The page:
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Clapper fears Trump's access to nuclear codes after Arizona rally

Trump's fiery rally in Phoenix

Former Director of National Intelligence James Clapper voiced his concern about President Trump's access to nuclear codes, following Mr. Trump's campaign-style rally in Arizona.

"In a fit of pique he decides to do something about Kim Jong Un, there's actually very little to stop him," Clapper told CNN's Don Lemon, referencing North Korea's leader. "The whole system is built to ensure rapid response if necessary. So there's very little in the way of controls over exercising a nuclear option, which is pretty damn scary."

Clapper, who served under both Republican and Democratic administrations and has long been critical of Mr. Trump, questioned the president's fitness to serve in office after weeks of seemingly self-inflicted controversies in the White House. In the last month, Mr. Trump has drawn criticism for his response to the deadly violence in Charlottesville, Virginia, turnover of senior administration officials, and floating or pushing military options in North Korea and Venezuela, among other things. On Tuesday night, the president used his platform to insult reporters, complain about Republican senators and defend his remarks in Charlottesville. Clapper called the president's Arizona speech, "extremely disturbing."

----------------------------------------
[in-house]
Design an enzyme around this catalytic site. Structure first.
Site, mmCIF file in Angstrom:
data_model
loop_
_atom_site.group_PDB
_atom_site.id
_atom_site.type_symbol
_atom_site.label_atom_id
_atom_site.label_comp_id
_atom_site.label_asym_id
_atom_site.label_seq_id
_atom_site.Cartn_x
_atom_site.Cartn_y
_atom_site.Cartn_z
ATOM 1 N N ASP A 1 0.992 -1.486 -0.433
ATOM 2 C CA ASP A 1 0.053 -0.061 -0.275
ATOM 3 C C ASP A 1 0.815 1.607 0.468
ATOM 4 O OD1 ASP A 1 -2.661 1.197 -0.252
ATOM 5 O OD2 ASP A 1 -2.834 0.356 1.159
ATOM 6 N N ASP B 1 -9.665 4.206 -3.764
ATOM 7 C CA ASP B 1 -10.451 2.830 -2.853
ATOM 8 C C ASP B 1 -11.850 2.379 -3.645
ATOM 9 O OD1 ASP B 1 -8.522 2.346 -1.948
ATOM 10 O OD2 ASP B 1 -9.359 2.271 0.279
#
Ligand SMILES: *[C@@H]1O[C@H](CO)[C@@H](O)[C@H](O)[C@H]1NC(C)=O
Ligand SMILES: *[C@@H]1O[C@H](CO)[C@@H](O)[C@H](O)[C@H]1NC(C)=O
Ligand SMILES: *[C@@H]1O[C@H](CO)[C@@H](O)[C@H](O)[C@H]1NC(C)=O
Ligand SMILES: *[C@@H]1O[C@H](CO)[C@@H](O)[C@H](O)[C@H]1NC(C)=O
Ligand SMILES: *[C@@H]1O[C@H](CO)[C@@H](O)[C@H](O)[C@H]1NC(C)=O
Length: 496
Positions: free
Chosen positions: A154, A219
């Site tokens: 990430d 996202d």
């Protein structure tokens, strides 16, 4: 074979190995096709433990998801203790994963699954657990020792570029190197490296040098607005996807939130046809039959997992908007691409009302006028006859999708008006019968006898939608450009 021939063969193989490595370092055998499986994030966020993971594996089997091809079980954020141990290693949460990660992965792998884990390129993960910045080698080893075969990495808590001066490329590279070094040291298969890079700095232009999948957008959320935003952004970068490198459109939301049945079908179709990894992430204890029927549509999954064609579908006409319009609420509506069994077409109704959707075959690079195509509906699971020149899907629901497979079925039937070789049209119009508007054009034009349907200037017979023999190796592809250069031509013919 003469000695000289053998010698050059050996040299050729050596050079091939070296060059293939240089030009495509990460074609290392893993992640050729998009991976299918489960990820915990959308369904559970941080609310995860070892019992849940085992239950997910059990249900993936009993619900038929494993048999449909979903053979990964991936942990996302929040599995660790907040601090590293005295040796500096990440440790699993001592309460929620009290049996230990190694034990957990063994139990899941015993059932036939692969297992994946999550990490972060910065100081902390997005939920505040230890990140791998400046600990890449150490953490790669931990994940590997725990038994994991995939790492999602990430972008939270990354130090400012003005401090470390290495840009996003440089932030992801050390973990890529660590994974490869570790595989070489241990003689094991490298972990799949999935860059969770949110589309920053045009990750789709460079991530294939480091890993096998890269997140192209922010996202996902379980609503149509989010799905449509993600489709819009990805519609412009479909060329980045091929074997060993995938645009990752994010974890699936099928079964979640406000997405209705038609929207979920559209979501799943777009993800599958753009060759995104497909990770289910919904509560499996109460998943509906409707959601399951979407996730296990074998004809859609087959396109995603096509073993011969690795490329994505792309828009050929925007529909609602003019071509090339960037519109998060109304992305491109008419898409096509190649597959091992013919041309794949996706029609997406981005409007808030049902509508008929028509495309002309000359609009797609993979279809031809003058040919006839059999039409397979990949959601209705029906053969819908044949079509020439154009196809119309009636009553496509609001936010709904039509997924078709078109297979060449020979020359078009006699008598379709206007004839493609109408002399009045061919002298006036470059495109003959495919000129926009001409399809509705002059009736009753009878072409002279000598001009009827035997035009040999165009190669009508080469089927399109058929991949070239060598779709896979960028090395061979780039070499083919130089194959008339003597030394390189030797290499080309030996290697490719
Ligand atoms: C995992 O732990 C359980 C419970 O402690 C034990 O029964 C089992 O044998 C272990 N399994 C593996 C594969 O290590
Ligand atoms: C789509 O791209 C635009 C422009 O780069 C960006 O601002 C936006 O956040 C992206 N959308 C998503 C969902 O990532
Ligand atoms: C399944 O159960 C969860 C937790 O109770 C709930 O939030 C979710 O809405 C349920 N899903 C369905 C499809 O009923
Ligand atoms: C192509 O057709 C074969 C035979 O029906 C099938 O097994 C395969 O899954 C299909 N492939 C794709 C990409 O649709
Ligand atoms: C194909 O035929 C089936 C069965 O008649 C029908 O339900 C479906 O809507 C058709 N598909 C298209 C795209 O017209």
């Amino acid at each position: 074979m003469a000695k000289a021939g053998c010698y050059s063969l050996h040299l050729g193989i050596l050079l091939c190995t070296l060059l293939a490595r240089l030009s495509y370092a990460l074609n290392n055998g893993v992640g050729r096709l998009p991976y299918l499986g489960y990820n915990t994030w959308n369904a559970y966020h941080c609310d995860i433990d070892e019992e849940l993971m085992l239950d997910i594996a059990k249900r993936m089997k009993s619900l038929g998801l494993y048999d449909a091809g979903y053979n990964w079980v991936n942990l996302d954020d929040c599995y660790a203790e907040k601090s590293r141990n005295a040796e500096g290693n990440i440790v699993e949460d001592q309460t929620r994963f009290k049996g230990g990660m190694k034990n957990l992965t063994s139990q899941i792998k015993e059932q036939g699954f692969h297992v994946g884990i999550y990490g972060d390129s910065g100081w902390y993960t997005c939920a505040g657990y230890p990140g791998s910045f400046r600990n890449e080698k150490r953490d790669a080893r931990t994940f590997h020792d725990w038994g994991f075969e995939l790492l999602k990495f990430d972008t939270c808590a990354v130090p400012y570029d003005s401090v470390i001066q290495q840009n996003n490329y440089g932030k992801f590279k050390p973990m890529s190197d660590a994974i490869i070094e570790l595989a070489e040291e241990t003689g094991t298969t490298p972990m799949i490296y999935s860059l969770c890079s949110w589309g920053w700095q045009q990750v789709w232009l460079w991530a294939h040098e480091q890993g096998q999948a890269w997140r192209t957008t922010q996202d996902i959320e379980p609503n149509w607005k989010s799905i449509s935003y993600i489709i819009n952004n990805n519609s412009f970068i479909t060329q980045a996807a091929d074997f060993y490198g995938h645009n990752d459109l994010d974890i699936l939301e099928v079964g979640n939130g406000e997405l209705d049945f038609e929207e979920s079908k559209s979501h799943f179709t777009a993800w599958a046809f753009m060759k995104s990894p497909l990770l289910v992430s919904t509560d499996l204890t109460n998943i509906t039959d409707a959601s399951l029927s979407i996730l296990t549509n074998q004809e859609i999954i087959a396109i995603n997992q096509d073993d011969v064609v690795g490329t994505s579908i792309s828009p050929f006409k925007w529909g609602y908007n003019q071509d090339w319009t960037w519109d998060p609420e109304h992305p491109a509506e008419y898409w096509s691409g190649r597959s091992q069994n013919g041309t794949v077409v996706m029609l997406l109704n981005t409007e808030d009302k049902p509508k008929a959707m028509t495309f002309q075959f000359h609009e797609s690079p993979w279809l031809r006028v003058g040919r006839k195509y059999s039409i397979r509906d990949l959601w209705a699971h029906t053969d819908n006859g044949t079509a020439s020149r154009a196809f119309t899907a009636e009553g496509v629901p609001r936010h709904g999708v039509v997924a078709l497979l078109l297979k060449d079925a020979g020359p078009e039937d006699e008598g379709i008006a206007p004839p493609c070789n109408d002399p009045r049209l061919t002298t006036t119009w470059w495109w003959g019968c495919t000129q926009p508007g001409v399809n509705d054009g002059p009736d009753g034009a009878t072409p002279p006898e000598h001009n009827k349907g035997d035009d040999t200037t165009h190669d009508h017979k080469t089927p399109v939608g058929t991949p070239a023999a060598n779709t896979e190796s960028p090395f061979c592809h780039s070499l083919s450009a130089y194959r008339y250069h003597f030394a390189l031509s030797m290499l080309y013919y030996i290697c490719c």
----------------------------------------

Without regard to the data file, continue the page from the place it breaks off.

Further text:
"I really question his ability to be -- his fitness to be -- in this office, and I also am beginning to wonder about his motivation for it," Clapper said.

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Clapper shunned the president's "behavior and divisiveness and complete intellectual, moral and ethical void."

"How much longer does the country have to, to borrow a phrase, endure this nightmare?" Clapper said. 

Clapper said Mr. Trump "should have quite while he was ahead," referring to Mr. Trump's Monday night speech on U.S. strategy in Afghanistan. In that speech, Mr. Trump stuck to the teleprompter, instead of going off script. Clapper said the "real Trump" came through in his Tuesday night rally. 

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